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Battle off Samar - Seventh Fleet's calls for help

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Battle off Samar
The forces
Taffy 3 comes under attack
USS Johnston
USS Hoel
Carriers under attack
Japanese take hits
Seventh Fleet's calls for help
Criticism of Halsey
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Seventh Fleet's calls for help

Shortly after 08:00, desperate messages calling for assistance began to come in from Seventh Fleet. One from Kinkaid, sent in plain language, read, "My situation is critical. Fast battleships and support by airstrikes may be able to keep enemy from destroying CVEs and entering Leyte."

At 8:22 AM, Kinkaid radios: "Fast Battleships are Urgently Needed Immediately at Leyte Gulf"

At 9:05 AM: "Need Fast Battleships and Air Support"

At 9:07 AM, Kinkaid broadcasts what his mismatched fleet is up against: "4 Battleships, 8 Cruisers Attack Our Escort Carriers"

From 3,000 miles (5,000 km) away in Pearl Harbor, Admiral Nimitz had monitored the desperate calls from Taffy 3, and sent Halsey a terse message, "Turkey trots to water GG From CinCPac Action Com Third Fleet Info Cominch CTF Seventy-Seven. Where is task force Thirty-four RR The world wonders". Halsey was infuriated (not recognizing the final phrase as padding, chosen for the anniversary of the Charge of the Light Brigade) Halsey threw his hat to the deck and began to sob, realizing the gravity of the situation. An aide shook him by the shoulders and yelled, "What the hell's the matter with you? Pull yourself together!"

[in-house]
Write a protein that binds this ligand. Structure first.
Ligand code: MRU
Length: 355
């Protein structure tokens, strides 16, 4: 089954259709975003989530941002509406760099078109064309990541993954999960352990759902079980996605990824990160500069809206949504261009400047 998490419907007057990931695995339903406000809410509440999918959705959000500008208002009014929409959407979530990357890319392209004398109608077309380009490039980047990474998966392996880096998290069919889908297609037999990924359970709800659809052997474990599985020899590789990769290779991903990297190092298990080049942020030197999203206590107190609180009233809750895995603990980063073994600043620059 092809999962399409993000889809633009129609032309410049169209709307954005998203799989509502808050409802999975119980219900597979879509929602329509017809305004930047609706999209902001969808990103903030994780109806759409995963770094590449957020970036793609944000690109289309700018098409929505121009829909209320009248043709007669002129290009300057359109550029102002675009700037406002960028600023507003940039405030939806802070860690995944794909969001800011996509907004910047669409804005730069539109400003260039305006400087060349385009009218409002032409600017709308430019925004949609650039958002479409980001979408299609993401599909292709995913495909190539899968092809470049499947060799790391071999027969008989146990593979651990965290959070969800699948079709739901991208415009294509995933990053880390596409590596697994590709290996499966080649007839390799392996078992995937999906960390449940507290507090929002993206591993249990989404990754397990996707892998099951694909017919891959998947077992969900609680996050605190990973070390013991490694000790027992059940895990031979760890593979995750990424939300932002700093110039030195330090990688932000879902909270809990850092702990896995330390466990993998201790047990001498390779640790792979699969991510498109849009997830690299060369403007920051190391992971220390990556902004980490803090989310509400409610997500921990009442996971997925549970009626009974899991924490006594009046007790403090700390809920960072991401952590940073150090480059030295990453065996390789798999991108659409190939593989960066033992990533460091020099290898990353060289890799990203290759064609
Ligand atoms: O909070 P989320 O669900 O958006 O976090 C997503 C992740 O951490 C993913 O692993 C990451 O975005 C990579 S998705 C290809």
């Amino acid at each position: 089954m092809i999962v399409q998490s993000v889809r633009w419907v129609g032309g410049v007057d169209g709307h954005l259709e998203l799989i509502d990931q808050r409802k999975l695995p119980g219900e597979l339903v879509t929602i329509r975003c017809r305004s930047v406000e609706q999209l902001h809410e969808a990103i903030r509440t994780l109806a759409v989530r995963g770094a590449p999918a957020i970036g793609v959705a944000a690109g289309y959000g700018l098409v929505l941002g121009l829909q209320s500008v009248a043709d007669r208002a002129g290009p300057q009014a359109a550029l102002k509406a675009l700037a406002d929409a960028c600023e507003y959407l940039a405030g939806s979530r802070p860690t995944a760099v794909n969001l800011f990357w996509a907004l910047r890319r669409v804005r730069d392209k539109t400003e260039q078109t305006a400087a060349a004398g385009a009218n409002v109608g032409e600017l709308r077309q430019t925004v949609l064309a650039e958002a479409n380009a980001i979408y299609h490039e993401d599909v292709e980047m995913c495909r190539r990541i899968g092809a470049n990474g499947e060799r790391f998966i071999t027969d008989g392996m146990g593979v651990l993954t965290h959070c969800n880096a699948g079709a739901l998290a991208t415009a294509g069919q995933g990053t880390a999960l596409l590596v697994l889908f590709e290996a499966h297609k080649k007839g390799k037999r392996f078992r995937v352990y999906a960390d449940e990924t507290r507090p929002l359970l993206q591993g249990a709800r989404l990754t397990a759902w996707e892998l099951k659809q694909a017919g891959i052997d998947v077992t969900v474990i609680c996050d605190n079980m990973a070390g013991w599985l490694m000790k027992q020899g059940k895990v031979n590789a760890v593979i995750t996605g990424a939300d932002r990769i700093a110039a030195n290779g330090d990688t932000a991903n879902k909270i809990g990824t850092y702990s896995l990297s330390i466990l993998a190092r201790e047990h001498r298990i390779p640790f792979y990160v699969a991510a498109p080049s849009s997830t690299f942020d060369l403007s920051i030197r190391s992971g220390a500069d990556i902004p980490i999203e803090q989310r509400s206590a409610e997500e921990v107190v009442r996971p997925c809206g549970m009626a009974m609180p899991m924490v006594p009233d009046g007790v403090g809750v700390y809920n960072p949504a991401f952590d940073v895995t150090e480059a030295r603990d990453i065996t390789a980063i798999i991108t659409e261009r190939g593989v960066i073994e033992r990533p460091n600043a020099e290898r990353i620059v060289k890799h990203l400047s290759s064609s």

Halsey sent McCain's Task Group 38.1 (TG38.1) to assist.Halsey recalled he did not receive this vital message from Kinkaid until around 10:00, and later claimed that he knew Kinkaid was in trouble, but had not dreamed of the seriousness of this crisis. McCain, by contrast, had monitored Sprague's messages and turned TG58 to aid Sprague even before Halsey's orders arrived (after prodding from Nimitz), putting Halsey's defense in question.

At 10:05 AM, Kinkaid complains: "Who is guarding the San Bernardino Strait?"

McCain raced towards the battle, briefly turning into the wind to recover returning planes. At 10:30, a force of Helldivers, Avengers, and Hellcats was launched from Hornet, Hancock, and Wasp at the extreme range of 330 miles (610 km). Though the attack did little damage, it strengthened Kurita's decision to retire.

At 11:15, more than two hours after the first distress messages had been received by his flagship, Halsey ordered Task Force 34 to turn around and head southwards to pursue Kurita, but the Japanese forces had already escaped.

Just hours after his chastisement by Nimitz, Admiral Halsey's forces did destroy all four enemy aircraft carriers he had pursued. But despite the complete absence of Third Fleet against the main Japanese force, the desperate efforts of Taffy 3 and assisting task forces had driven back the Japanese. A relieved Halsey sent the following message to Nimitz, Kinkaid and Gen. Douglas MacArthur at 12:26 PM:

"It can be announced with assurance that the Japanese Navy has been beaten, routed and broken by the Third and Seventh Fleets."

The survivors' ordeal